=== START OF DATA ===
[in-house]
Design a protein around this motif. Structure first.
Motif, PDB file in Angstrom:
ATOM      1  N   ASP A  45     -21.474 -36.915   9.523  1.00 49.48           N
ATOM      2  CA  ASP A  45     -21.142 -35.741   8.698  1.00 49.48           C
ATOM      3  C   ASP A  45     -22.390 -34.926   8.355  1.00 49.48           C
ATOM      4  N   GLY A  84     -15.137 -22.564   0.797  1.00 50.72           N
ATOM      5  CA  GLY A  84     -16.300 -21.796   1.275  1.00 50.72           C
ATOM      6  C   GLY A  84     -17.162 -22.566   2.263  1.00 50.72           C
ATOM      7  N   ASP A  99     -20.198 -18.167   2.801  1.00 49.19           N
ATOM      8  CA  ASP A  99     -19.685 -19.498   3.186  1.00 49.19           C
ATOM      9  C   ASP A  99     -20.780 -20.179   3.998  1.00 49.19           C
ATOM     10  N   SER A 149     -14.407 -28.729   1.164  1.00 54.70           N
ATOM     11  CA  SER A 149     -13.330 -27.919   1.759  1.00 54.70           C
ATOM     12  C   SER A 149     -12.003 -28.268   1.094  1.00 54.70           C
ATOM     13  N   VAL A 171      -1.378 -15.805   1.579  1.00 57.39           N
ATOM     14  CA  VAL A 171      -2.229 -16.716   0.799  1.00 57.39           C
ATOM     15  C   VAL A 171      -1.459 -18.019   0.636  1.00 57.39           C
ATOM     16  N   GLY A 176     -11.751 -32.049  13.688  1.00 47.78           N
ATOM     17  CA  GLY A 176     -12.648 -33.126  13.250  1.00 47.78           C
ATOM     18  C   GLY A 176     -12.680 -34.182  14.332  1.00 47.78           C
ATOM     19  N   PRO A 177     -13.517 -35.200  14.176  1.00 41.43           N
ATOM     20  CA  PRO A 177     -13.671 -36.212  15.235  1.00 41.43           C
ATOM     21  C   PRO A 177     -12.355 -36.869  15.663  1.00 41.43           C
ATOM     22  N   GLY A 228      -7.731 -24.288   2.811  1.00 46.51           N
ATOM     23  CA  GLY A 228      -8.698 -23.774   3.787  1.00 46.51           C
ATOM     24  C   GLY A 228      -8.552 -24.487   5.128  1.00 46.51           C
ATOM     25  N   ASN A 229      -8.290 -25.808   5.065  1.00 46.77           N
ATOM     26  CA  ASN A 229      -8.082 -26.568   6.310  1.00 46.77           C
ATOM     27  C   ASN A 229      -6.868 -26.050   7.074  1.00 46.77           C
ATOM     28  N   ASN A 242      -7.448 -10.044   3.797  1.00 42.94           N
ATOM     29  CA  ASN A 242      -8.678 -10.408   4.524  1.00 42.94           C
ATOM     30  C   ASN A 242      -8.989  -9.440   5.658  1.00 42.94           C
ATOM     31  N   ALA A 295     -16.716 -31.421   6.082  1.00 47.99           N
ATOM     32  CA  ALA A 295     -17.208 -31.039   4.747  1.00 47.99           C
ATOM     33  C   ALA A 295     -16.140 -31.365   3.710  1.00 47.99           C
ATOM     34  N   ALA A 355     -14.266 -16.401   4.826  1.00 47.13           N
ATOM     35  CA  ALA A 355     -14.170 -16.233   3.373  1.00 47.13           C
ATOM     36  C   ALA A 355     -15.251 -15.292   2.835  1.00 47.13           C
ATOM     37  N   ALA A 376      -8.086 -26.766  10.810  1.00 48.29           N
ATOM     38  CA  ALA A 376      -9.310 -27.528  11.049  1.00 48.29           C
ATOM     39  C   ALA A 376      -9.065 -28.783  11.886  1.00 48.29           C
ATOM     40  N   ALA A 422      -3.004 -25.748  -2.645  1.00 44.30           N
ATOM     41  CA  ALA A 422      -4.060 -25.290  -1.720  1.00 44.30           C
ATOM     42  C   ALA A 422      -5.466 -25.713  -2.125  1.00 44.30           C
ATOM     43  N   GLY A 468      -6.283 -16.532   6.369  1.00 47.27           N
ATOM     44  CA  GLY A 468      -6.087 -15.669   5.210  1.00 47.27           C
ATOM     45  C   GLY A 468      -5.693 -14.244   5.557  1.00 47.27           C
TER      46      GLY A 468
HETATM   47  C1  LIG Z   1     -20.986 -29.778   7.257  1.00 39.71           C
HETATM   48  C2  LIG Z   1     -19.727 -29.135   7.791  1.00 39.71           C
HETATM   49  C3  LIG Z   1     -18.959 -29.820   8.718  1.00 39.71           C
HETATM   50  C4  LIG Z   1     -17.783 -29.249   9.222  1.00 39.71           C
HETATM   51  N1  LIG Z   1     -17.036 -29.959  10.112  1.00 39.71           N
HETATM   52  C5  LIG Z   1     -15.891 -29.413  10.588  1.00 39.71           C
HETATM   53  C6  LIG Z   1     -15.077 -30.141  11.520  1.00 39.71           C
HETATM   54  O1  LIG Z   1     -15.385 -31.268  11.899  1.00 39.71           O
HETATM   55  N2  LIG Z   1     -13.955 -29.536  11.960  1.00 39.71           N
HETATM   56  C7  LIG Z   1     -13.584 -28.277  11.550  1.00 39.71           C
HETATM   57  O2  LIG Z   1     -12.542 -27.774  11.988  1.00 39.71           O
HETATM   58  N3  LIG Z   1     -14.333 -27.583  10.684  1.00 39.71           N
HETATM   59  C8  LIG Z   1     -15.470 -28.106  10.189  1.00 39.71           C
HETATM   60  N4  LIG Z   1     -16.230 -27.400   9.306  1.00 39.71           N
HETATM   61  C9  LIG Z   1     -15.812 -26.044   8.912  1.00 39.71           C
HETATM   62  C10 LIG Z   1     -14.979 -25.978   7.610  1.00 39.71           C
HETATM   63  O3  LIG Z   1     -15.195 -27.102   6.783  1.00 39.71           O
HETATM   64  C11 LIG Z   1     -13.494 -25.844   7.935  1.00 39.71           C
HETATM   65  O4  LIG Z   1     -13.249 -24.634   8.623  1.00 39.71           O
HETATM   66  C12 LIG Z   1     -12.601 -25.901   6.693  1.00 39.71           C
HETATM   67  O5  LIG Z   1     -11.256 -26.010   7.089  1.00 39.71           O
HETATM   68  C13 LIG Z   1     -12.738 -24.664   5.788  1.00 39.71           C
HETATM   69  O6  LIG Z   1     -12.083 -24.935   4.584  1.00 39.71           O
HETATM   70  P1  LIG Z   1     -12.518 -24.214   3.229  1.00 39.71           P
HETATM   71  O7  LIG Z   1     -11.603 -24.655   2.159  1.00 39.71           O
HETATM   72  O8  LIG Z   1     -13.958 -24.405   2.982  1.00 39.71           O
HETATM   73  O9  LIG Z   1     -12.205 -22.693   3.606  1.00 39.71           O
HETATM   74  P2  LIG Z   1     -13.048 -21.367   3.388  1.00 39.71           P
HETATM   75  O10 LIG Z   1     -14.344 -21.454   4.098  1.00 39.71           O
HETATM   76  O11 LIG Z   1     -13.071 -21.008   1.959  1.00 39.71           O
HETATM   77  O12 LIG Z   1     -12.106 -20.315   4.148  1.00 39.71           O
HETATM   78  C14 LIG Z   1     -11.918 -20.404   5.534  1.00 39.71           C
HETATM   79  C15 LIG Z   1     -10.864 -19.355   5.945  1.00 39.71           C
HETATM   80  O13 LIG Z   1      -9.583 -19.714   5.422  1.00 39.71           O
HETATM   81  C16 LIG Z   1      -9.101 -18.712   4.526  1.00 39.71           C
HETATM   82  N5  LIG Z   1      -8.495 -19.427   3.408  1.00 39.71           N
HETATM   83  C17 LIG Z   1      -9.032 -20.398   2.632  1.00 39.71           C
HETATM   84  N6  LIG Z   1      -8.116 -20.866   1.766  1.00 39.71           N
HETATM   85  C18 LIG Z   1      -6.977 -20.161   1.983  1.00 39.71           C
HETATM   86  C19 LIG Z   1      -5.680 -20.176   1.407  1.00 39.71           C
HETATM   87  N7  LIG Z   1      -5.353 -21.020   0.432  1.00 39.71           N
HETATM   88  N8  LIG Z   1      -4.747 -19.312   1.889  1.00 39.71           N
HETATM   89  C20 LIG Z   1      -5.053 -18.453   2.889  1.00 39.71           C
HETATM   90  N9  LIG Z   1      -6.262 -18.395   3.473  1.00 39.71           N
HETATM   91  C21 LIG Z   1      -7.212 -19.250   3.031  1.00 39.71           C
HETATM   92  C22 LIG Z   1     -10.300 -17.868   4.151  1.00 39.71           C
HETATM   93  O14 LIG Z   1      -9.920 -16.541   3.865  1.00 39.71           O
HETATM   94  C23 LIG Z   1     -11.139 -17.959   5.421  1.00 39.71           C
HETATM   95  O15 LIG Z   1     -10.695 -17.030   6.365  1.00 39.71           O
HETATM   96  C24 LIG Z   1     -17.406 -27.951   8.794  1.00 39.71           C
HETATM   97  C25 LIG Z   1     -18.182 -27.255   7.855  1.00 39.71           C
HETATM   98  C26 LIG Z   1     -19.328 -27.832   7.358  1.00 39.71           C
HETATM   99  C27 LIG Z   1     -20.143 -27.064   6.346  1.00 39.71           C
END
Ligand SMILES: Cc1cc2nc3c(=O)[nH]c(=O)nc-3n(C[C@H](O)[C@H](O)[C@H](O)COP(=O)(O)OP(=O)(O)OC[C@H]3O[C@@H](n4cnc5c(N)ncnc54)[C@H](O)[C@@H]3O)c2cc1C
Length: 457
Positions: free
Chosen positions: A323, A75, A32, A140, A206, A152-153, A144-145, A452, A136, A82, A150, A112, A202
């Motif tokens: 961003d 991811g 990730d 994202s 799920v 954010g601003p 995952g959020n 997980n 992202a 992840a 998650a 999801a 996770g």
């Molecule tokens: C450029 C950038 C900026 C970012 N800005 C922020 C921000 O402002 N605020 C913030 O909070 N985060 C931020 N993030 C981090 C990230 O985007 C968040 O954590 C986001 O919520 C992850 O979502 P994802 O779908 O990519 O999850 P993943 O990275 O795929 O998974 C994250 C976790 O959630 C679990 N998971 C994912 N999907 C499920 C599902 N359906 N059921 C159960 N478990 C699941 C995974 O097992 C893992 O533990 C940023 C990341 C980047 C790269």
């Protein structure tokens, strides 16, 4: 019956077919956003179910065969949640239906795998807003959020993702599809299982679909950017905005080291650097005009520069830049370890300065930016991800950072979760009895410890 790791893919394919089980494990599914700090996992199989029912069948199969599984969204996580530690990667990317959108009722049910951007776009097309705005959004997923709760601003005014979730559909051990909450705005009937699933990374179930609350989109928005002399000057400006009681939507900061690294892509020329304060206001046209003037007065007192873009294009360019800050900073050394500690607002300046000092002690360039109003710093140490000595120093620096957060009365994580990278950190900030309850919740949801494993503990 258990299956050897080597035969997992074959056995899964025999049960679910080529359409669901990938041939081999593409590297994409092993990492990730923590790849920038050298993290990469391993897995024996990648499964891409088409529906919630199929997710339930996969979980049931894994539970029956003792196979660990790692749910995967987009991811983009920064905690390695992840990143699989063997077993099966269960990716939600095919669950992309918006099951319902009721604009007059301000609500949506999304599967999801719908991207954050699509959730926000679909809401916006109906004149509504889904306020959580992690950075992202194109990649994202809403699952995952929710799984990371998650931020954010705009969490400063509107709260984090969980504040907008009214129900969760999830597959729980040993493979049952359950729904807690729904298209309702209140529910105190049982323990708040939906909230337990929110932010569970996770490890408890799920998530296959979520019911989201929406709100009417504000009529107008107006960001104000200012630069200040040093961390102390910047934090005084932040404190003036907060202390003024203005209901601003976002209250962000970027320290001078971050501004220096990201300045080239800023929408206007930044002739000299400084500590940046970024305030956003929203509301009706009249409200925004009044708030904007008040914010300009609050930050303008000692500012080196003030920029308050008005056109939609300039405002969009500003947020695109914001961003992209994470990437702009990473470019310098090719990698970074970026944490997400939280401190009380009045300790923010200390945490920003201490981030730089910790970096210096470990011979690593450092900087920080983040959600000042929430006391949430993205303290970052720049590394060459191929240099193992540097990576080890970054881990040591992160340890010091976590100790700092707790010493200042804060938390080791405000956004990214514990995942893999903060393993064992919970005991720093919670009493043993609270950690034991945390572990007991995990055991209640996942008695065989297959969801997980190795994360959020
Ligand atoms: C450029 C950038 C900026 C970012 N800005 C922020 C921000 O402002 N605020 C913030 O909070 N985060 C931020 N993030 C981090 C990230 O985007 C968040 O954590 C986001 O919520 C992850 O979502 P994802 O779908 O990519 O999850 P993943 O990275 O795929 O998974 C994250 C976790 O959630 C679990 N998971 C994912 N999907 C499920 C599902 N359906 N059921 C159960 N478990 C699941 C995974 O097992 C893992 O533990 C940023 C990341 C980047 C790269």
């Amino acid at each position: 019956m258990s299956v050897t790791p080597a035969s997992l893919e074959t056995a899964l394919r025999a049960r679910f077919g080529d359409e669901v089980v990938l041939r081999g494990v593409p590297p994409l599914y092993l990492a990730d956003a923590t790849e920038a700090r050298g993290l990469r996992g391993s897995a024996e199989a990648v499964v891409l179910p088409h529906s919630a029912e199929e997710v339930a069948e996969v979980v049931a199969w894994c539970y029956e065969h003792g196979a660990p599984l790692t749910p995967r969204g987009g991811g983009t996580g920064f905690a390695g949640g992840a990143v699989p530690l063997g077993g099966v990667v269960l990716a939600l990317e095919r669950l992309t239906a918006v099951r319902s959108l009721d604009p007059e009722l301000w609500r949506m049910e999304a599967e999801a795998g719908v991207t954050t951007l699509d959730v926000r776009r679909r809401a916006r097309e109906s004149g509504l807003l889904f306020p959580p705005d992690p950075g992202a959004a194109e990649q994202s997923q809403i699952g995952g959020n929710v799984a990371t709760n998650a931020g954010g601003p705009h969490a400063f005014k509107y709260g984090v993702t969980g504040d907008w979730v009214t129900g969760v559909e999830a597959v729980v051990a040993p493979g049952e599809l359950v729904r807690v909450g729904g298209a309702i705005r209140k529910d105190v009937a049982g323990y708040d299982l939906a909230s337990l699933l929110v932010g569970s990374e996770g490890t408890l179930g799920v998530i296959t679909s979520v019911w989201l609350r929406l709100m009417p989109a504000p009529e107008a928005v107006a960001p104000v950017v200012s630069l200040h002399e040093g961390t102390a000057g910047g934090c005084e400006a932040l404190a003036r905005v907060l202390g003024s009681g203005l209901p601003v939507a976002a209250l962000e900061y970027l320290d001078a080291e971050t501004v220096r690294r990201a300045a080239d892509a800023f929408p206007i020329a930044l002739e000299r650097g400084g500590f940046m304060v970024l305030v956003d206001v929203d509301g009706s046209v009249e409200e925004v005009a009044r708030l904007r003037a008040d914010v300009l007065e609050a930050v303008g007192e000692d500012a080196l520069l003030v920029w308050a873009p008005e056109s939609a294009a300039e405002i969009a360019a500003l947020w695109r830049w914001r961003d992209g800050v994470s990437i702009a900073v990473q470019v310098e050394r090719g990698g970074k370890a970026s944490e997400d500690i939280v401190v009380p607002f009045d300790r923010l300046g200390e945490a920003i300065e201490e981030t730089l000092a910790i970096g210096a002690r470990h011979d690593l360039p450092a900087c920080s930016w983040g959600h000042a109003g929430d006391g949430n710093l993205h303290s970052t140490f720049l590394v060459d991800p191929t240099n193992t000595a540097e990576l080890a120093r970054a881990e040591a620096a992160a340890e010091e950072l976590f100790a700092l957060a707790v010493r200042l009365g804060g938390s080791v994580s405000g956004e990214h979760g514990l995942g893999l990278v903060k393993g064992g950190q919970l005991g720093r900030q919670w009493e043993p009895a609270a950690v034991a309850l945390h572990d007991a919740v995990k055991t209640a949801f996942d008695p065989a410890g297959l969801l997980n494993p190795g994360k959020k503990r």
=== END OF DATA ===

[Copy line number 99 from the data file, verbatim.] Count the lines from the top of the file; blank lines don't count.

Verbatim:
HETATM   96  C24 LIG Z   1     -17.406 -27.951   8.794  1.00 39.71           C